Pushmeet Kohli is a principal research scientist in Microsoft Research and the technical advisor to Rick Rashid, the Chief Research Officer of Microsoft. He is also an associate of the Psychometric Centre and Trinity Hall, University of Cambridge.
Pushmeet’s research revolves around Intelligent Systems and Computational Sciences, and he publishes in the fields of Machine Learning, Computer Vision, Information Retrieval, and Game Theory. His current research interests include 3D Reconstruction and Rendering, Probabilistic Programming, Interpretable and Verifiable Knowledge Representations from Deep Models. He is also interested in Conversation agents for Task completion, Machine learning systems for Healthcare and 3D rendering and interaction for augmented and virtual reality.
Pushmeet has won a number of awards and prizes for his research. His PhD thesis, titled “Minimizing Dynamic and Higher Order Energy Functions using Graph Cuts”, was the winner of the British Machine Vision Association’s “Sullivan Doctoral Thesis Award”, and was a runner-up for the British Computer Society’s “Distinguished Dissertation Award”. Pushmeet’s papers have appeared in Computer Vision (ICCV, CVPR, ECCV, PAMI, IJCV, CVIU, BMVC, DAGM), Machine Learning, Robotics and AI (NIPS, ICML, AISTATS, AAAI, AAMAS, UAI, ISMAR), Computer Graphics (SIGGRAPH, Eurographics), and HCI (CHI, UIST) conferences. They have won awards in ICVGIP 2006, 2010, ECCV 2010, ISMAR 2011, TVX 2014, CHI 2014, WWW 2014 and CVPR 2015. His research has also been the subject of a number of articles in popular media outlets such as Forbes, Wired, BBC, New Scientist and MIT Technology Review. Pushmeet is a part of the Association for Computing Machinery’s (ACM) Distinguished Speaker Program.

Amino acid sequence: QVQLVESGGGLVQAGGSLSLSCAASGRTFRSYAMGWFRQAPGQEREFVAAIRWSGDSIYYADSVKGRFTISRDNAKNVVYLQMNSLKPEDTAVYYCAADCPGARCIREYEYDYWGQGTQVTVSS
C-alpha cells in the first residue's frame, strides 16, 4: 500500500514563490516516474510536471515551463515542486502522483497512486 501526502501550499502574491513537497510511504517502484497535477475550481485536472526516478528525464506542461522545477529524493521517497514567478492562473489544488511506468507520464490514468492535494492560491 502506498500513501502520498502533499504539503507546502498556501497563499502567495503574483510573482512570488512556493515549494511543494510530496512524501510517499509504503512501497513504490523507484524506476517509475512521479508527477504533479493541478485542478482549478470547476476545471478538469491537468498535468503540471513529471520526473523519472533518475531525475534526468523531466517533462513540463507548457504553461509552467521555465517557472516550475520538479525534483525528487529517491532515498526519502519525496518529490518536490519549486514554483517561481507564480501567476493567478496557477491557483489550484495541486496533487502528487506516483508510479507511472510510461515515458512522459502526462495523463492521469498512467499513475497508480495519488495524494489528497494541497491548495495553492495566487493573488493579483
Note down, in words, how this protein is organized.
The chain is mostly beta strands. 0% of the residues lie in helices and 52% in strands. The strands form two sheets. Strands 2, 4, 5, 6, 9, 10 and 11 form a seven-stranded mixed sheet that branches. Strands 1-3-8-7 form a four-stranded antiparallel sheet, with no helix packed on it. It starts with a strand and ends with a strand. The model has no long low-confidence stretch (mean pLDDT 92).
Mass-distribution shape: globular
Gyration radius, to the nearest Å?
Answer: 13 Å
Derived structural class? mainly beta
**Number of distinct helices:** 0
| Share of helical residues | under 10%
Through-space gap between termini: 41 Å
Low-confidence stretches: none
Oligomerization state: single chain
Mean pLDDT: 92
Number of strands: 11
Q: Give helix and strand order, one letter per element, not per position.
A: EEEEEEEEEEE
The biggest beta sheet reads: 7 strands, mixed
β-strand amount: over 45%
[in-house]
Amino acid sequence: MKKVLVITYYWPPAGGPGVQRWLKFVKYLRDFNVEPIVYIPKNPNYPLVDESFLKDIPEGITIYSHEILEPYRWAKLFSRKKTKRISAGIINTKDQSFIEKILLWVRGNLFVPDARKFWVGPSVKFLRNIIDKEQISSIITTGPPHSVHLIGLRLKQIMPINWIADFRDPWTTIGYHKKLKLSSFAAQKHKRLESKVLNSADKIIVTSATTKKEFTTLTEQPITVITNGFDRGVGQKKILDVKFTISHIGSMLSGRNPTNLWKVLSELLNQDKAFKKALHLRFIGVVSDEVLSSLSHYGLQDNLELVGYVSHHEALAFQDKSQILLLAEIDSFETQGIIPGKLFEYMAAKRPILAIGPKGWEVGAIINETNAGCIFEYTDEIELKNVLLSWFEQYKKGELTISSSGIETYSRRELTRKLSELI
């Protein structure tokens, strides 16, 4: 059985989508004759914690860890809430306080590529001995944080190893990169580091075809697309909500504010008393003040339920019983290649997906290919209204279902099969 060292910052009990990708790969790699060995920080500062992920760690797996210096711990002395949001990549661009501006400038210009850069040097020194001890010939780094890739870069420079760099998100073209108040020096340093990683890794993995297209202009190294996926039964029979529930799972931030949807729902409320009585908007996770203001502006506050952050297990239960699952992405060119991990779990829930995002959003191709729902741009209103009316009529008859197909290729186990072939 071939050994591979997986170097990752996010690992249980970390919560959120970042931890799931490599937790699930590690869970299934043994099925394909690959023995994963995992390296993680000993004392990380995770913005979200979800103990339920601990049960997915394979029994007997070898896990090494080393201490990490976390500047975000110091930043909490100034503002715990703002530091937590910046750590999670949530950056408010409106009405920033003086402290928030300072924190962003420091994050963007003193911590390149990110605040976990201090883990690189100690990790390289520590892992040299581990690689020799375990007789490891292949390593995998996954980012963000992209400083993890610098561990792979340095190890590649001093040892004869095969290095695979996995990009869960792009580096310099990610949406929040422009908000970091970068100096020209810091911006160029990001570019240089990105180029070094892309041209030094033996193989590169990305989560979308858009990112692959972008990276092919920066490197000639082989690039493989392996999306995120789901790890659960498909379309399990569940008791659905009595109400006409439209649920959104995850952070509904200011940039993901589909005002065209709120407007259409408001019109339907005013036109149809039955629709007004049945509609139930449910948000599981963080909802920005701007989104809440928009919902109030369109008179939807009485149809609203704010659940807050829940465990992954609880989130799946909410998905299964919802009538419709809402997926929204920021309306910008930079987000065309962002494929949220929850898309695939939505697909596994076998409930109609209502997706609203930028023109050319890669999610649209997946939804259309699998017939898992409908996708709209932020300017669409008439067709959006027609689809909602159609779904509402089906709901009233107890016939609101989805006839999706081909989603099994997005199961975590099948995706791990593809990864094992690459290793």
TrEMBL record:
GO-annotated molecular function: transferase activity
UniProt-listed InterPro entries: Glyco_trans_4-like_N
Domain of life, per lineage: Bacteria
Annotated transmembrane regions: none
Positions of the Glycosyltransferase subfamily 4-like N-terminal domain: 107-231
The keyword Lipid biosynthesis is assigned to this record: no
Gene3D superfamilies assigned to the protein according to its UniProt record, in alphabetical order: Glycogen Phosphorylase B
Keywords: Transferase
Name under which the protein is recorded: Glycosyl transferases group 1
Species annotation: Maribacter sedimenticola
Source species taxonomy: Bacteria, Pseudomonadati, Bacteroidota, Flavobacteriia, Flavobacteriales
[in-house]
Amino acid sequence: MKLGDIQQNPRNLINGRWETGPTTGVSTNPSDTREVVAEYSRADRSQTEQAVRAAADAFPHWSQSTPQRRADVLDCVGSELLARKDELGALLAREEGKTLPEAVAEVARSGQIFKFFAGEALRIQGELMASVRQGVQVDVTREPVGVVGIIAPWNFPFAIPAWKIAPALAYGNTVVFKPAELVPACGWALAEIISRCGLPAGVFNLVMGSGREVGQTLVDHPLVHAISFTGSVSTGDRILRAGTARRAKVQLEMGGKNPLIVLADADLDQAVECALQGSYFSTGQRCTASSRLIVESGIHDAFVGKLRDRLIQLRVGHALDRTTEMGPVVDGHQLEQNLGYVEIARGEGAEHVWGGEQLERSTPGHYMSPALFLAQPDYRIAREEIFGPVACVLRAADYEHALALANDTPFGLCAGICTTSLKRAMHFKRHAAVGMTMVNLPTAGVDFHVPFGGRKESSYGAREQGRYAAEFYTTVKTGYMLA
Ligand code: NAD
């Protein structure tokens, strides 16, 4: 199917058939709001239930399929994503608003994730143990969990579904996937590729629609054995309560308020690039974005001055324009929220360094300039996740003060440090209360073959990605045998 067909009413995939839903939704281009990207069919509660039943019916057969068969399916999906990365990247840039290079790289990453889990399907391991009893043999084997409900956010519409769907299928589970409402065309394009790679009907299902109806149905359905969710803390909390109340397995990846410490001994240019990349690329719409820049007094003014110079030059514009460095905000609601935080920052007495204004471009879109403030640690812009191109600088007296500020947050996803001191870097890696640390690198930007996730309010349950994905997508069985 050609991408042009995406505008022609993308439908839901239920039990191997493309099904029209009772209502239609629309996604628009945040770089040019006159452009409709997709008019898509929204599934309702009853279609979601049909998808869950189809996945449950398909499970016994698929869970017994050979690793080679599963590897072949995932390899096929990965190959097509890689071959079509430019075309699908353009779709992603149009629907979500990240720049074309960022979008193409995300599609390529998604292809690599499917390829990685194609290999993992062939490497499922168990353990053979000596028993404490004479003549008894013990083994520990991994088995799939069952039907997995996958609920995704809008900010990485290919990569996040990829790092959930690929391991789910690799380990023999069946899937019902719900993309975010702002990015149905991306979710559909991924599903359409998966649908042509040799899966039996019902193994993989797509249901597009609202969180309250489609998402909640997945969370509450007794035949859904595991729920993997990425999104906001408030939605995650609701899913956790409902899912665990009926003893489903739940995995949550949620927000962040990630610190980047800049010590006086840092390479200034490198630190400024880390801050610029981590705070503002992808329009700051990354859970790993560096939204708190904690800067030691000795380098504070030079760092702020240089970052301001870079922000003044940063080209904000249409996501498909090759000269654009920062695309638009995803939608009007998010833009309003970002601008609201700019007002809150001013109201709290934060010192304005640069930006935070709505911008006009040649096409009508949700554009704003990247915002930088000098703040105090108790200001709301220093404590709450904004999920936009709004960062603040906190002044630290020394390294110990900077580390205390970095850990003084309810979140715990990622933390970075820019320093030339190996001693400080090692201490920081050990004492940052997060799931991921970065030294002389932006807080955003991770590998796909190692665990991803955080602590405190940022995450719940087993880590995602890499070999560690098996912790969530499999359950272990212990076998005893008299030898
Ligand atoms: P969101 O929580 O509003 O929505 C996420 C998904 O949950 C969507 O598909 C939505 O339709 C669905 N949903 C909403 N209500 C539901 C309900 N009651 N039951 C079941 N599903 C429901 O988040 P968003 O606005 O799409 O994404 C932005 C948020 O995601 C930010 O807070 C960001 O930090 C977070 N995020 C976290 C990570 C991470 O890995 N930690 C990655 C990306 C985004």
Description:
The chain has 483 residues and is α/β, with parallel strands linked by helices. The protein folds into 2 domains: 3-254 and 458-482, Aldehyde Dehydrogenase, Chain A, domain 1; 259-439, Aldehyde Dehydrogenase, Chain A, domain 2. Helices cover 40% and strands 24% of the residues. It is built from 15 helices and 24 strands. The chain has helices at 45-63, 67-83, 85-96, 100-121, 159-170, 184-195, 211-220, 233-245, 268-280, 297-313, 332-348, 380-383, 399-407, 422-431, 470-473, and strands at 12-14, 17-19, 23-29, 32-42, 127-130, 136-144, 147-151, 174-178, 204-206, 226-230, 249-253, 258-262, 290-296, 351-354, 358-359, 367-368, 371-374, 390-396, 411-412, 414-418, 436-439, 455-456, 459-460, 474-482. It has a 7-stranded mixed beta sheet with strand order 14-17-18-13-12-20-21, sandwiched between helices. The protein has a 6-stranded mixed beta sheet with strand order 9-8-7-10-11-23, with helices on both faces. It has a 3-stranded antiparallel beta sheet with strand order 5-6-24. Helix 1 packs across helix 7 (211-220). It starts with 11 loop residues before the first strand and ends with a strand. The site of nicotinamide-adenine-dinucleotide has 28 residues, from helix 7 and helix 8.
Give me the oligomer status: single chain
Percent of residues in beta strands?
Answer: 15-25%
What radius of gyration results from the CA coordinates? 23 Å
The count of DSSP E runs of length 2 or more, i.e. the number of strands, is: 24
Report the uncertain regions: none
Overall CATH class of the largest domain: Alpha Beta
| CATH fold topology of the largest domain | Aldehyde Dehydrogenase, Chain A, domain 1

As of May 2015, I am part of the Microsoft Research Redmond lab, acting as the Machine Learning advisor to the Chief Research Officer, Rick Rashid.
My research concerns the development of intelligent machines – to “teach” computers to (1) understand the behavior and intent of humans, and (2) to correctly interpret (“Perceive” or “See”) objects and scenes depicted in color/depth images or videos. I work in the areas of Computer Vision (RGB and 3D – KINECT), Machine Learning, Discrete Optimization, Behavioural Game Theory, and Human-Computer Interaction.
My current research interests include 3D Reconstruction and Rendering, Probabilistic Programming, Interpretable and Verifiable Knowledge Representations from Deep Models. In terms of applications, I am interested in Conversation agents for Task completion, Machine learning systems for Healthcare and 3D rendering and interaction for augmented and virtual reality.
- Structured Representations for Visual Knowledge and Commonsense
- Low-level vision problems: Image Segmentation, Dense Stereo, Optical Flow
- Object Recognition and Segmentation
- Human Pose Estimation from KINECT
- Localization and Reconstruction using KINECT
- Verifiable and Interpetable Models
- Probablistic Programming
- MAP Inference in Discrete Models (Discrete Optimization)
- Structured Learning
- Learning of Interactive Systems
- Behavioral game theory research using social networks such as Facebook
- Finding Optimal Coalitions in Cooperative Games
- Reconstructing Coalitional Games
- Computing Optimal Coalition Structures
- Personalizing Search
- Psycho-metric profiles for capturing user intent
In past life, I have also dabbled a bit in model based checking of non-deterministic software systems. Some of my work can be found in Spec Explorer.
My Curriculum Vitae can be found here.